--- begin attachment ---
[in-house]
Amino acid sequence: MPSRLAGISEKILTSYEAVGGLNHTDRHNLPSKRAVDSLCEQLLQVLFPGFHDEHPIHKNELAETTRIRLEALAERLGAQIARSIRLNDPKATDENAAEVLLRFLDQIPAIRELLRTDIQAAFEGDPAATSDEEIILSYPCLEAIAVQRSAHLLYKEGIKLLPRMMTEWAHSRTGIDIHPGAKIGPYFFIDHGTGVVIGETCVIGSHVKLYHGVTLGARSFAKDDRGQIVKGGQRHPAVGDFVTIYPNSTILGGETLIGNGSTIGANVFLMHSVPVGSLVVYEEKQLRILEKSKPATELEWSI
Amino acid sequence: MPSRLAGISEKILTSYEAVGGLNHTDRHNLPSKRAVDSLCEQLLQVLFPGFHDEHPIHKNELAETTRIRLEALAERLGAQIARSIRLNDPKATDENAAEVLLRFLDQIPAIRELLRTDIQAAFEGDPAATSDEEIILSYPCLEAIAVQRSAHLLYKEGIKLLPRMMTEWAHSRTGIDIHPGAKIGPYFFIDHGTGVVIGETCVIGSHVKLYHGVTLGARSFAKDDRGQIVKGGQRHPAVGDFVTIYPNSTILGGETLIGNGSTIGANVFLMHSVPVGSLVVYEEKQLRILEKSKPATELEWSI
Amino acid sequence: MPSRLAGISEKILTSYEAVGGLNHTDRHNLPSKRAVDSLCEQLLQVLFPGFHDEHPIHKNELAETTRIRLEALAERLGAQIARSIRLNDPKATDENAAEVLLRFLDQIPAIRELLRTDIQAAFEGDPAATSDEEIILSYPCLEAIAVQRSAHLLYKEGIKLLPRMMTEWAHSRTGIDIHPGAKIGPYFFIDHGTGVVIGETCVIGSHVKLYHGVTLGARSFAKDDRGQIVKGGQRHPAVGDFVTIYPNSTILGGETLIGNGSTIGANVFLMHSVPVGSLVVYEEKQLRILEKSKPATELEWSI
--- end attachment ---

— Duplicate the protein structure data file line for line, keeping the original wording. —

[in-house]
Amino acid sequence: MPSRLAGISEKILTSYEAVGGLNHTDRHNLPSKRAVDSLCEQLLQVLFPGFHDEHPIHKNELAETTRIRLEALAERLGAQIARSIRLNDPKATDENAAEVLLRFLDQIPAIRELLRTDIQAAFEGDPAATSDEEIILSYPCLEAIAVQRSAHLLYKEGIKLLPRMMTEWAHSRTGIDIHPGAKIGPYFFIDHGTGVVIGETCVIGSHVKLYHGVTLGARSFAKDDRGQIVKGGQRHPAVGDFVTIYPNSTILGGETLIGNGSTIGANVFLMHSVPVGSLVVYEEKQLRILEKSKPATELEWSI
Amino acid sequence: MPSRLAGISEKILTSYEAVGGLNHTDRHNLPSKRAVDSLCEQLLQVLFPGFHDEHPIHKNELAETTRIRLEALAERLGAQIARSIRLNDPKATDENAAEVLLRFLDQIPAIRELLRTDIQAAFEGDPAATSDEEIILSYPCLEAIAVQRSAHLLYKEGIKLLPRMMTEWAHSRTGIDIHPGAKIGPYFFIDHGTGVVIGETCVIGSHVKLYHGVTLGARSFAKDDRGQIVKGGQRHPAVGDFVTIYPNSTILGGETLIGNGSTIGANVFLMHSVPVGSLVVYEEKQLRILEKSKPATELEWSI
Amino acid sequence: MPSRLAGISEKILTSYEAVGGLNHTDRHNLPSKRAVDSLCEQLLQVLFPGFHDEHPIHKNELAETTRIRLEALAERLGAQIARSIRLNDPKATDENAAEVLLRFLDQIPAIRELLRTDIQAAFEGDPAATSDEEIILSYPCLEAIAVQRSAHLLYKEGIKLLPRMMTEWAHSRTGIDIHPGAKIGPYFFIDHGTGVVIGETCVIGSHVKLYHGVTLGARSFAKDDRGQIVKGGQRHPAVGDFVTIYPNSTILGGETLIGNGSTIGANVFLMHSVPVGSLVVYEEKQLRILEKSKPATELEWSI